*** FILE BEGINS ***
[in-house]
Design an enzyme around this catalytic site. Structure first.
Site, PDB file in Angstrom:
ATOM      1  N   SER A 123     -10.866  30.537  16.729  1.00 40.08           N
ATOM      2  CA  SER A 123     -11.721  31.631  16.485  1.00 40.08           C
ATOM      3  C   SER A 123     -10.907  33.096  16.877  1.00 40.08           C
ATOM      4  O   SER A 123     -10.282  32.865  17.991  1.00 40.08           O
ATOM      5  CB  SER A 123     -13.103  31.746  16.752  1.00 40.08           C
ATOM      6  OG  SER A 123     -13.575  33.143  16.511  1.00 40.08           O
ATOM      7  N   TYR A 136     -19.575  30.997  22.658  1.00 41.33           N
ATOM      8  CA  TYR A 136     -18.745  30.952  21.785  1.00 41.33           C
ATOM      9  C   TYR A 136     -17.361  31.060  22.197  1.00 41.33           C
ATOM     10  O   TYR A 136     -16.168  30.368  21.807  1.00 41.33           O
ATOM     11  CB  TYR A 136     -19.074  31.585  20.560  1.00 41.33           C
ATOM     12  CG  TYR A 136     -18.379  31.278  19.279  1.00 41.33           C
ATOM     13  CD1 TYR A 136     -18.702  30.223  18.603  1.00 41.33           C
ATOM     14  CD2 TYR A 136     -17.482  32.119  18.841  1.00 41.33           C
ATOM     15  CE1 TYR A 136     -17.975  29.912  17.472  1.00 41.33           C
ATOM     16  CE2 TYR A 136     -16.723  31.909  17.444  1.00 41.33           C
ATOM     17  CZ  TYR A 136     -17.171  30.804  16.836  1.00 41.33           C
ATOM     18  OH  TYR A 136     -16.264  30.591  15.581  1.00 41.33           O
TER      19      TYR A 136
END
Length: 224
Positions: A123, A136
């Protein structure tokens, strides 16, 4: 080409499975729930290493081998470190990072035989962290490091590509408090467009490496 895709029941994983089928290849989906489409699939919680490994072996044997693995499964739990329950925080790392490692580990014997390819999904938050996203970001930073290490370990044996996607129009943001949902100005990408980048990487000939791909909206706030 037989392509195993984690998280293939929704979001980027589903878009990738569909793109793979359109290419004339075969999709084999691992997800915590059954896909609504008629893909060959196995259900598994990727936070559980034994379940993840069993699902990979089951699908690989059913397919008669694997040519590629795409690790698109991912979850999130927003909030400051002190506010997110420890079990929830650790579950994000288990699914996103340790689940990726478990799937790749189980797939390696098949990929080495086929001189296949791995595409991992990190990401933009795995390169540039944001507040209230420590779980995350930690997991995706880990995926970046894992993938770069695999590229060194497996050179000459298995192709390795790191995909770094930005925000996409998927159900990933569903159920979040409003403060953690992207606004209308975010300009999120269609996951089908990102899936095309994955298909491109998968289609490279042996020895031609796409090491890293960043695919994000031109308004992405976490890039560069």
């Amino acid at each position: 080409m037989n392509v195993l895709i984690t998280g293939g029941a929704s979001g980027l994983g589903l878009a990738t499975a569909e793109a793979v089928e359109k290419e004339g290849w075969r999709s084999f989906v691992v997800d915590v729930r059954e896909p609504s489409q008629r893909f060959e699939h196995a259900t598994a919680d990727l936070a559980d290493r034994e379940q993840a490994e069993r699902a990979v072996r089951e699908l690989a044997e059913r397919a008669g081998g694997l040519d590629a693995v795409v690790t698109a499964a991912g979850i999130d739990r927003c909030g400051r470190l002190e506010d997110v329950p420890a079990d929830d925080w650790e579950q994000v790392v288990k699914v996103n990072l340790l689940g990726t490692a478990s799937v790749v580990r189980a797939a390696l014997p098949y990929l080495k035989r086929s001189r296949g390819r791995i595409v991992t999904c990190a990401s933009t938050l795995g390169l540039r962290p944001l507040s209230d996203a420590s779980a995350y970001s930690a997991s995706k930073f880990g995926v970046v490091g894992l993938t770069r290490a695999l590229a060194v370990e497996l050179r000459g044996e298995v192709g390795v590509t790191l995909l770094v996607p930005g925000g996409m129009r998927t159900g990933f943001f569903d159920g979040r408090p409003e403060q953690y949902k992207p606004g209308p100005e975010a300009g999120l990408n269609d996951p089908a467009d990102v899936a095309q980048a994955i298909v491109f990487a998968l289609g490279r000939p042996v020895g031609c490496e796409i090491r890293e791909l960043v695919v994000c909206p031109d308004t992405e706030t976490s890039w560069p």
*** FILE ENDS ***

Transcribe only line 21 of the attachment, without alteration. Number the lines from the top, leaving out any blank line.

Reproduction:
ATOM     18  OH  TYR A 136     -16.264  30.591  15.581  1.00 41.33           O